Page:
1 Chorale St. Antoni: Andante
2 Variation I : Poco più animato
3 Variation II : Più vivace
4 Variation III : Con moto
5 Variation IV : Andante con moto
6 Variation V : Vivace
7 Variation VI : Vivace
8 Variation VII : Grazioso
9 Variation VIII : Presto non troppo
10 Finale: Andante
The theme we hear at the beginning of the Variations is taken from the second of a set of divertimenti for wind ensemble, thought to be composed by Haydn in the 1790’s. Brahms titled his composition accordingly, crediting Haydn for the theme, however, subsequent research has shown that the wind piece does not fit Haydn’s style, and so the original composer is still unclear. The wind ensemble uses a tune titled ‘Chorale St Antoni’, a chorale which is believed to originate from an old pilgrim’s hymn sung on St Anthony’s Day, hence the Brahms Variations are also known as the ‘St Anthony Variations’.
What makes the chorale tune unusual is its division into 5-bar and 4-bar phrases, which is unlike most usual classical (or even baroque) tunes, but was quite normal in much earlier times.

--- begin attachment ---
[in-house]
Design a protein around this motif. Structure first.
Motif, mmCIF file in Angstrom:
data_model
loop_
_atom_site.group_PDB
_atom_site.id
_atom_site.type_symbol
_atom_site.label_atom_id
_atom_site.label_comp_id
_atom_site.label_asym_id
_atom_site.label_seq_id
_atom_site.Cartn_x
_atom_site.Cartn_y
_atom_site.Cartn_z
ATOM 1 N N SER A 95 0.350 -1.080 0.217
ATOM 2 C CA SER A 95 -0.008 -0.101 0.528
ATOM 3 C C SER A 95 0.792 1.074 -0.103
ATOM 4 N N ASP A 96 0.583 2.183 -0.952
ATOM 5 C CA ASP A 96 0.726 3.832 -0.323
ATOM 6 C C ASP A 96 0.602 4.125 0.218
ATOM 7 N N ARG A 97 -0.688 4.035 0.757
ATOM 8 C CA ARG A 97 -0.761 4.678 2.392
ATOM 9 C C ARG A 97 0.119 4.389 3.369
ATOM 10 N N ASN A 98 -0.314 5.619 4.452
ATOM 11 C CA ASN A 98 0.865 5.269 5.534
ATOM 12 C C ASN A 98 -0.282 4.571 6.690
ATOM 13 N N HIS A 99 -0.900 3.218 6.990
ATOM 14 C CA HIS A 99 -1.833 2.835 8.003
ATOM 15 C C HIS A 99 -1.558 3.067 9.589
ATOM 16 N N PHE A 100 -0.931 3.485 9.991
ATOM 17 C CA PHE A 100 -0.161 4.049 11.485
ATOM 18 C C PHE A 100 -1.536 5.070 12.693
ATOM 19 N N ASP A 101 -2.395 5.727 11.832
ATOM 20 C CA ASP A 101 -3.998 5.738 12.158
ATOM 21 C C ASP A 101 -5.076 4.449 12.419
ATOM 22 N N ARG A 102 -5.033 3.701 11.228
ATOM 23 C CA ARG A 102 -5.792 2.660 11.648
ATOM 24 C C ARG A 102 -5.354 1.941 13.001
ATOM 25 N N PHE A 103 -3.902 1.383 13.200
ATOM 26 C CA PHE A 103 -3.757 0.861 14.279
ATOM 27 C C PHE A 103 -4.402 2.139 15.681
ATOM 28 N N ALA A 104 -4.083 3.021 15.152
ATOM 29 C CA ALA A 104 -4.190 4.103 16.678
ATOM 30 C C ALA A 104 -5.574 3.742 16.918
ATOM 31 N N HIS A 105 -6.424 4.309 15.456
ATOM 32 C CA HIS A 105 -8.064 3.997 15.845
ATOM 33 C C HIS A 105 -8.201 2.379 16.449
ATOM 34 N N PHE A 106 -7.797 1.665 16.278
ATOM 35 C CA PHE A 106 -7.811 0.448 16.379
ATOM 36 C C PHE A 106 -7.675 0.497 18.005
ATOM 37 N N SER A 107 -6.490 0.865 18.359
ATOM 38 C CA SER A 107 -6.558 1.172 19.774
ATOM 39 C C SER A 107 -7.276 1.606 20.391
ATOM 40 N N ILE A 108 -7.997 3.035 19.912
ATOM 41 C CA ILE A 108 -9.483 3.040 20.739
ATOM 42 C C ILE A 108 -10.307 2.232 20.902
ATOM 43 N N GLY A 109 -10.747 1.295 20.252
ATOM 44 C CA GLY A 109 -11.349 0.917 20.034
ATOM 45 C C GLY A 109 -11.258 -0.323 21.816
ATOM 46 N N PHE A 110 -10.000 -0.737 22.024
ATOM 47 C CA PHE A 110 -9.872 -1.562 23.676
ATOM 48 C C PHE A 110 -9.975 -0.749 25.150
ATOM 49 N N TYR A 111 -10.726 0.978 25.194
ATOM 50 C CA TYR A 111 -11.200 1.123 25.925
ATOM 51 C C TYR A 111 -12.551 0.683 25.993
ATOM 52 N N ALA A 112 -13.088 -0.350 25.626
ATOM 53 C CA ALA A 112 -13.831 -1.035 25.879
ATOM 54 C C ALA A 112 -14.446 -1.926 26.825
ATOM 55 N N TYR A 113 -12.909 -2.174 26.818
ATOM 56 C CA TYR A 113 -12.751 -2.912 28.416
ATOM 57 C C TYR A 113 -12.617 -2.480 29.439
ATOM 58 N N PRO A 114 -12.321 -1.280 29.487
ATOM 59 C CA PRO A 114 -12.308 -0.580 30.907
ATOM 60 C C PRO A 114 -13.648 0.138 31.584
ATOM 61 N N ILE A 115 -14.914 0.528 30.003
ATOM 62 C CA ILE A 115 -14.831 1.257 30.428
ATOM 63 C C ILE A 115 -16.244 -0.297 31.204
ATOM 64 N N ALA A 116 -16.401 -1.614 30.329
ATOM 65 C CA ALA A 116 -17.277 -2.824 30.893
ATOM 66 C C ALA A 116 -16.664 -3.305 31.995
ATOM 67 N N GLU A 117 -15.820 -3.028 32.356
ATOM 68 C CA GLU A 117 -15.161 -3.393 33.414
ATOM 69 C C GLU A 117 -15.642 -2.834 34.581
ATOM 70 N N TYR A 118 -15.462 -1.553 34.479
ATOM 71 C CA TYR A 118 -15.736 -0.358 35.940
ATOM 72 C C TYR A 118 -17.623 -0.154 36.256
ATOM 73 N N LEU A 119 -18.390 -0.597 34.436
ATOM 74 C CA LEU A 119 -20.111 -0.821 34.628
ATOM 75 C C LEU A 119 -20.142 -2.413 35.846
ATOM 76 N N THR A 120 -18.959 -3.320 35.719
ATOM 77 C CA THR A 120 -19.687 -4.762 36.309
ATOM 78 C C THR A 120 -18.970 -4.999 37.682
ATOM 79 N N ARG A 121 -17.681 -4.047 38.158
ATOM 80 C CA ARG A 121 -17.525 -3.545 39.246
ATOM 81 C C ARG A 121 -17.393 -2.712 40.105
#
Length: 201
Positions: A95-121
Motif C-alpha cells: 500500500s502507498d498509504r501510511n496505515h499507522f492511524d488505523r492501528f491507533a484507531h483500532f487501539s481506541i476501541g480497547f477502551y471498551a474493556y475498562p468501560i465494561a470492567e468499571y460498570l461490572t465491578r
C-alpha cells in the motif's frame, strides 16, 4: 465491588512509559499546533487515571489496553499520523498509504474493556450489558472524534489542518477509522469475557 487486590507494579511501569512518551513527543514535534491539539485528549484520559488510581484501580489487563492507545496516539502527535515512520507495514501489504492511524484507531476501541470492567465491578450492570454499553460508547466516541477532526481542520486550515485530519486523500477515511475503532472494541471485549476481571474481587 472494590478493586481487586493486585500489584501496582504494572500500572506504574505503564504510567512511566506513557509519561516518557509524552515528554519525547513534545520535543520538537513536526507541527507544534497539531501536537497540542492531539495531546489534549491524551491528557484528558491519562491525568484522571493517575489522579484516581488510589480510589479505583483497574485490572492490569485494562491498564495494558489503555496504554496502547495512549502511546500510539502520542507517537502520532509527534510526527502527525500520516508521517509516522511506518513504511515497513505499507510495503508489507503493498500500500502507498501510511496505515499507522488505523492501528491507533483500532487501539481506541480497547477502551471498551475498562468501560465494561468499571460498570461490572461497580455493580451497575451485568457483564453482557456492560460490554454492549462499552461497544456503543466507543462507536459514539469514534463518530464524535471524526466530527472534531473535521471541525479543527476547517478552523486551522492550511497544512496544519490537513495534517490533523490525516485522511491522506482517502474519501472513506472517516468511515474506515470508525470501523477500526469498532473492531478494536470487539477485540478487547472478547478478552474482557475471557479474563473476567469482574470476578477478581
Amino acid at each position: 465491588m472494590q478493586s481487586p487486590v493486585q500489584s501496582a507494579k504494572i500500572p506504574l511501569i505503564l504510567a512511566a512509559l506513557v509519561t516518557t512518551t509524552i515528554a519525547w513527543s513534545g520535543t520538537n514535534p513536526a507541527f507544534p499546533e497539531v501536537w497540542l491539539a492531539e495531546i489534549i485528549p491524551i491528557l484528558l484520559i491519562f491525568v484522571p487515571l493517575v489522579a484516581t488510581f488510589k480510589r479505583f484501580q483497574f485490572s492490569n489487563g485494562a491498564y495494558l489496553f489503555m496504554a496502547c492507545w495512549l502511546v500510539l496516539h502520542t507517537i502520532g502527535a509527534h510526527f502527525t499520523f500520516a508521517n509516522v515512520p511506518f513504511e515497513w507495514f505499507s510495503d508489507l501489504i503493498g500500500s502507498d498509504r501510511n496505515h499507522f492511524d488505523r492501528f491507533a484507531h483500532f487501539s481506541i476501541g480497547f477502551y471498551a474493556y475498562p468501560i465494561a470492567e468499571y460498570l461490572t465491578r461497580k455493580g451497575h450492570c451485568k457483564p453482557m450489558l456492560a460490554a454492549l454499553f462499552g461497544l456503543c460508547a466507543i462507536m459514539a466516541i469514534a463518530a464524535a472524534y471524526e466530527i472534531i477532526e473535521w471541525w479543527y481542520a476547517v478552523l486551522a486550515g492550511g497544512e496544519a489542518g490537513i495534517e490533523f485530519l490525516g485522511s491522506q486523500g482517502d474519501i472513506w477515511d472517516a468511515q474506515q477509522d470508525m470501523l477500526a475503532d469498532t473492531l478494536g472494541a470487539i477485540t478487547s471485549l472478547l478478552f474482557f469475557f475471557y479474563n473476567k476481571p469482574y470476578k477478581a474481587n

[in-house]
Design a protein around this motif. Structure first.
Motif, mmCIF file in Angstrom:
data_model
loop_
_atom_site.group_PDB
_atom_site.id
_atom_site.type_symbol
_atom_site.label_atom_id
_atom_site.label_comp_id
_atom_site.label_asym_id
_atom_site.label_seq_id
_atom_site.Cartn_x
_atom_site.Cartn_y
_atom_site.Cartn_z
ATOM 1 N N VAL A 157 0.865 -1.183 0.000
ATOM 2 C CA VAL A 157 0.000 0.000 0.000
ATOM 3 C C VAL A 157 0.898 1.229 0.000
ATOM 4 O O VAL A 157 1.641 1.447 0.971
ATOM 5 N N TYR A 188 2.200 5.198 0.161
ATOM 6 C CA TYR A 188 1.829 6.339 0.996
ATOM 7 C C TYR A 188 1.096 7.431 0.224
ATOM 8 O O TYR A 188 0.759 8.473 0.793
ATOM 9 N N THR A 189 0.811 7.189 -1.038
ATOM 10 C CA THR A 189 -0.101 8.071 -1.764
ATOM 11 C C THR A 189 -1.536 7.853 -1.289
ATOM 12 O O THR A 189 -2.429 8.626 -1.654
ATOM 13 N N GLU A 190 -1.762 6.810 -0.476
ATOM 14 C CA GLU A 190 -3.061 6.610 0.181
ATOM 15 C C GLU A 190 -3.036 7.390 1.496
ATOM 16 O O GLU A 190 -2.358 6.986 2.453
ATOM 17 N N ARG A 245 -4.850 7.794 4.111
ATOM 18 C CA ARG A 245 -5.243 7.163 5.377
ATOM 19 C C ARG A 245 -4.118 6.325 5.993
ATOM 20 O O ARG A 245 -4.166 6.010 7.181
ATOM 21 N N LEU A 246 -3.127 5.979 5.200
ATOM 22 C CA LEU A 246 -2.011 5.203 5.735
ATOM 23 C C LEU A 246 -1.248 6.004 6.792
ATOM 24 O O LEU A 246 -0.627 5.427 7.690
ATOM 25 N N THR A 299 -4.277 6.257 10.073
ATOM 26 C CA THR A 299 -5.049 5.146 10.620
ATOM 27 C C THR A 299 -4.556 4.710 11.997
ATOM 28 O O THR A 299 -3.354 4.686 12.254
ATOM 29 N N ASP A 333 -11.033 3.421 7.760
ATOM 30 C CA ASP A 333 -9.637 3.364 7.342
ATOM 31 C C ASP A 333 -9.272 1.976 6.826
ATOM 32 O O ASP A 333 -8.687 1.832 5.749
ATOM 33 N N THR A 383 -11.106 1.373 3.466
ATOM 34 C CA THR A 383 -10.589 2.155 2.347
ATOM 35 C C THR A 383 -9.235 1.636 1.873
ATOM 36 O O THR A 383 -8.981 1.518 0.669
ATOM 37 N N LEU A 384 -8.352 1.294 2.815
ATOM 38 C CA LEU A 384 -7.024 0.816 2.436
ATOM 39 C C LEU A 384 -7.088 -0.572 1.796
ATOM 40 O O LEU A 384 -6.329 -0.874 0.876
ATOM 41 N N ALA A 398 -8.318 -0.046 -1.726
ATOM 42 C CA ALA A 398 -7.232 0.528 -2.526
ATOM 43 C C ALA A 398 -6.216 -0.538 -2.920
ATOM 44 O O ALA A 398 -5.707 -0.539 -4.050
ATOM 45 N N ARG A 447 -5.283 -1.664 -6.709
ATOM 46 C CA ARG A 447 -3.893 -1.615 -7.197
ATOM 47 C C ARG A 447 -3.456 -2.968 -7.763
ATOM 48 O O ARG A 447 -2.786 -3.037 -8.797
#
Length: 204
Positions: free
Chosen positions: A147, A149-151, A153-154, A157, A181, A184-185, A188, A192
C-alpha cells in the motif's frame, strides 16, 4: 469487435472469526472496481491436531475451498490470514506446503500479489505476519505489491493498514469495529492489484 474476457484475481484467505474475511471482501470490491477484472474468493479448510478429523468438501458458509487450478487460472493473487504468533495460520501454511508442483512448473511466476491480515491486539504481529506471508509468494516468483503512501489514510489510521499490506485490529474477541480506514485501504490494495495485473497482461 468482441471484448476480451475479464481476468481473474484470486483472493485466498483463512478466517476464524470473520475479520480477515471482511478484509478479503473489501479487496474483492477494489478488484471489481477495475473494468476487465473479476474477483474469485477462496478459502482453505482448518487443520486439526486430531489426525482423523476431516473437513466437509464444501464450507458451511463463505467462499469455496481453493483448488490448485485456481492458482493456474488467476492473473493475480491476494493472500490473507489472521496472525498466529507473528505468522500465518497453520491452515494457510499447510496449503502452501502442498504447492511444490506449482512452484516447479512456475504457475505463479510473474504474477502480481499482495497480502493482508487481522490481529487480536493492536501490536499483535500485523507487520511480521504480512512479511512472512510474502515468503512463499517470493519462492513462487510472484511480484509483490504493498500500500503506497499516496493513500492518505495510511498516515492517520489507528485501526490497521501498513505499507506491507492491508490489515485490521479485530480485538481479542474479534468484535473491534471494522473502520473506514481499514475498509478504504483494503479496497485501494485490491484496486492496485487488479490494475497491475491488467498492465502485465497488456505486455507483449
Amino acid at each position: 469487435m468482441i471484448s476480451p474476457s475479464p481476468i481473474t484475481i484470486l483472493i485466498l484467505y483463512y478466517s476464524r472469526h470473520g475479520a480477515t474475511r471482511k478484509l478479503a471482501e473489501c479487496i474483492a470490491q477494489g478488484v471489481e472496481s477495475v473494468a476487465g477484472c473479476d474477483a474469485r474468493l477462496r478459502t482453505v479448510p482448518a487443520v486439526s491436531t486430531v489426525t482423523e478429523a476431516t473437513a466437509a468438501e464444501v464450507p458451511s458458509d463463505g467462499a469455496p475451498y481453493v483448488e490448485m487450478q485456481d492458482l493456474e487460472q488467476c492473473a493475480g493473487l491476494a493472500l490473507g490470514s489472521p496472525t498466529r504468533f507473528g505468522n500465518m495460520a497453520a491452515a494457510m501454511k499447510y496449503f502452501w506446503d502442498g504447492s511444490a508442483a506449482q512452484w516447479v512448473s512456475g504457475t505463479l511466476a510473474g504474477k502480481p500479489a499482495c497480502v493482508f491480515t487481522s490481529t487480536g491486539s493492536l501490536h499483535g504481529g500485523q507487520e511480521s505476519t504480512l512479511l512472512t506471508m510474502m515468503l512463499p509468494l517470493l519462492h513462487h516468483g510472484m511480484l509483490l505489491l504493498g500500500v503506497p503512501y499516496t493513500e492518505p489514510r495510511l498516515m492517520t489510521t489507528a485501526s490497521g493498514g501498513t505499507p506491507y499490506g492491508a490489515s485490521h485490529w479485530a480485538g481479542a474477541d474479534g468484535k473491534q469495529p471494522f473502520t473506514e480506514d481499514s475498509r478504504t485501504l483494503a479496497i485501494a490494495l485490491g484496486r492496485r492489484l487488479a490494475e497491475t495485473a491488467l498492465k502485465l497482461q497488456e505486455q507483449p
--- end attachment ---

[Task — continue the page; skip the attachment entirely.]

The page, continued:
Composed in 1873 at Tutzing, Bavaria, it is thought that Brahms originally wrote the Variations for two pianos. He showed the piece to Clara Schumann, his longtime friend and supporter and they performed the two-piano version of the piece together at a private gathering in Bonn, Germany. Around that time he had also prepared the orchestral version and this was premiered in the same year by the Vienna Philharmonic, with the composer conducting.
Brahms obviously intended the work to be a tribute to Haydn. In the coda of the finale he quotes directly from the second movement of Haydn’s clock symphony, which he regarded as one of the greatest symphonic movements of the classical period.